Tuesday, April 22, 2014

Radio Station Field Trip 52 - WXVU at Villanova University

WXVU Banner (photo: J. Waits)
Earlier this month I had a whirlwind trip to the East Coast, in which I visited nine radio stations in addition to NPR headquarters. My most hectic day of station tours happened on Tuesday, April 8th. I started the morning with a visit to WXVU at Villanova University on the mainline of Philadelphia.

The 89.1 FM station shares its frequency with nearby Cabrini College station WYBF (unfortunately my attempts to visit were unsuccessful) and its broadcasts extend for around an 8 mile radius. Awarded its FM license in 1991, WXVU broadcasts terrestrially on Tuesdays, Thursdays, Saturdays and Sundays until noon and has online programming 24/7.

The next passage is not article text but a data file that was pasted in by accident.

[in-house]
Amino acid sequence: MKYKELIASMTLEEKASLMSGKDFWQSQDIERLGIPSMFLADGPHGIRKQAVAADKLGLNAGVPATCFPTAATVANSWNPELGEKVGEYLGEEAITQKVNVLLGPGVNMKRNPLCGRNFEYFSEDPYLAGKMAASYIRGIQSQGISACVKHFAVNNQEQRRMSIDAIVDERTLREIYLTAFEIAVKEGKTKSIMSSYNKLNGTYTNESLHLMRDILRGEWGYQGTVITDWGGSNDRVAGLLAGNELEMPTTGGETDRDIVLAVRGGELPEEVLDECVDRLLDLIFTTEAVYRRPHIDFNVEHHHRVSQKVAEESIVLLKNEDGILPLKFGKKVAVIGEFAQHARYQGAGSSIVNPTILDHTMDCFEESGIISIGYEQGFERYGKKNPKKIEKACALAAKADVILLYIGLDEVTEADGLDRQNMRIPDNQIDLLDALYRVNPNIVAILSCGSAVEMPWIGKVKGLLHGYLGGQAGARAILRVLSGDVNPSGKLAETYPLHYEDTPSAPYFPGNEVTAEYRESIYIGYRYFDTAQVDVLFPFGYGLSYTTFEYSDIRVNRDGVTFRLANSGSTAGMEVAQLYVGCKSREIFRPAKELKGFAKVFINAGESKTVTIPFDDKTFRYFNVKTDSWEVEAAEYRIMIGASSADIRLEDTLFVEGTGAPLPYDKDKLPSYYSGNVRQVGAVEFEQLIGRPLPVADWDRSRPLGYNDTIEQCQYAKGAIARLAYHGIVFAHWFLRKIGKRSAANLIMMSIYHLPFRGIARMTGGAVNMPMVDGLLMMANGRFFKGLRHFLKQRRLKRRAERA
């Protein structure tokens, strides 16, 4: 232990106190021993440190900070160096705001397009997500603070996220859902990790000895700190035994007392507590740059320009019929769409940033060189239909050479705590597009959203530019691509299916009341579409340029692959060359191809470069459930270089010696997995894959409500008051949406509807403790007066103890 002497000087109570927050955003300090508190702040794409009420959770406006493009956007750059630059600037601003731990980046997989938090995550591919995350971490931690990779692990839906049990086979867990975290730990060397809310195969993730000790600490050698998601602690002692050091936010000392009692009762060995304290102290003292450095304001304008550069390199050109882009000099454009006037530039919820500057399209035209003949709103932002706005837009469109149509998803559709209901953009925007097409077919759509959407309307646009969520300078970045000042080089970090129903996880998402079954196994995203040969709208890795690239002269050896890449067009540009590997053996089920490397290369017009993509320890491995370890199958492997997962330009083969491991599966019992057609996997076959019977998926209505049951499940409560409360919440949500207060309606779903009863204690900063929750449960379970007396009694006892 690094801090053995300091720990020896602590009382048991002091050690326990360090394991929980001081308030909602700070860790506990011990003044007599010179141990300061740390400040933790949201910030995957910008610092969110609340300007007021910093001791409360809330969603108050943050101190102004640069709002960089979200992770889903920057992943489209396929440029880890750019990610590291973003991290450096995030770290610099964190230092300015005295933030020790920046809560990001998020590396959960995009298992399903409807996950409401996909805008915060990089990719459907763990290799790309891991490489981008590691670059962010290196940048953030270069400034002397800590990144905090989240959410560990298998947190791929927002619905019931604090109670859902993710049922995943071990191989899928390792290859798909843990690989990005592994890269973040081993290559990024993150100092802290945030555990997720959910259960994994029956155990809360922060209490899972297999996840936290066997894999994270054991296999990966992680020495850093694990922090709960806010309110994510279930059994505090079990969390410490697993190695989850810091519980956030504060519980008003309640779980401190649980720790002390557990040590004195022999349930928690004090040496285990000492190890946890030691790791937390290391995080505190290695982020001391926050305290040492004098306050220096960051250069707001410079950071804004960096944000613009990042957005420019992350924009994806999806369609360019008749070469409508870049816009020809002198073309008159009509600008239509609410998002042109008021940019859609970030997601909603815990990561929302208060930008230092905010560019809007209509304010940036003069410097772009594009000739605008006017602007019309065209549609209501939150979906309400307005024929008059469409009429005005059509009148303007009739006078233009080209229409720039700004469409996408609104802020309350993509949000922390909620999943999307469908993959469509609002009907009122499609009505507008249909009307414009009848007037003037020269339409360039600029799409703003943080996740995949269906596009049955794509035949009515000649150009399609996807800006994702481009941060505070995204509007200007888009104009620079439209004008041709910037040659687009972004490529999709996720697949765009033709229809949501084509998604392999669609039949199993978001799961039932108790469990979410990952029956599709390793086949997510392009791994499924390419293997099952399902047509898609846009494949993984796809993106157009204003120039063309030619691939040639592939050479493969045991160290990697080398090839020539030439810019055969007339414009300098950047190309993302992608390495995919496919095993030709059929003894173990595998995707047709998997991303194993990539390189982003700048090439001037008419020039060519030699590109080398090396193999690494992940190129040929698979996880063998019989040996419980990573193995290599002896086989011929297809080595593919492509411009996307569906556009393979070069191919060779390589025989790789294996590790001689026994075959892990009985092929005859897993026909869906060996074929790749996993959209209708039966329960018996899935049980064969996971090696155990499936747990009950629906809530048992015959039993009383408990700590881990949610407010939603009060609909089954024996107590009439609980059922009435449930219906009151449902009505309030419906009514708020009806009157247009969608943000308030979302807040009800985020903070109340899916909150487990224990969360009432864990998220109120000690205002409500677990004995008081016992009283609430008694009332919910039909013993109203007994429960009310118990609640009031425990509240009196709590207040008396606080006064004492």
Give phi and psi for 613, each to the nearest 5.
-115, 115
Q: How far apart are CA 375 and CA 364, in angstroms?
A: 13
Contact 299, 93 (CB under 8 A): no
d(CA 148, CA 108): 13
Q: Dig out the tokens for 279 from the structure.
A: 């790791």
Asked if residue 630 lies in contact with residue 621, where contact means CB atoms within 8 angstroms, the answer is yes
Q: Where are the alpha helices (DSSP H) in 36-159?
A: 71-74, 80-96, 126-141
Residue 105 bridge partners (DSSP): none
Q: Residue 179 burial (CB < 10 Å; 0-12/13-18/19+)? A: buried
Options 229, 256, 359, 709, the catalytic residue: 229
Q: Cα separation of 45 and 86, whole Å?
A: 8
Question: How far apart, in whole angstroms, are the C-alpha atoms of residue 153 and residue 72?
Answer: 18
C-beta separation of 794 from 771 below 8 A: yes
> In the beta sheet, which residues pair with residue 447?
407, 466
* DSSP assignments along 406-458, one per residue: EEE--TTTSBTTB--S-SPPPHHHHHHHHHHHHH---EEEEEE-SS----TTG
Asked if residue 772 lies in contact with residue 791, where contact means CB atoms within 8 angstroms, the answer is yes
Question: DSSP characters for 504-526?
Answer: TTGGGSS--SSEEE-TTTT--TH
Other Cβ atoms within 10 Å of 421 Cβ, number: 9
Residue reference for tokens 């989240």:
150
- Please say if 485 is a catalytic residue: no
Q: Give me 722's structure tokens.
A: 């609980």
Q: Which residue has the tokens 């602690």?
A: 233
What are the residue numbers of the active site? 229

WXVU Hot Clock (photo: J. Waits)
Although it's only had an FM station since 1991, Villanova students have been doing campus radio since at least 1947, with the first stations broadcasting over carrier current to select buildings. According to a 2007 issue of the Villanovan, there was an even earlier station that began "sometime early in the century, but stopped when the Great Depression began." I haven't been able to find more information about this rumored station from the 1920s/30s.

WXVU Record Library (photo: J. Waits)
An article in student newspaper, The Villanovan (online archives information can be found here), from 1942 ("Students will Broadcast on Campus Radio Station") talks about plans for the new student radio station. At the time, it was speculated that the station would transmit via the "college heating system or the electrical circuit."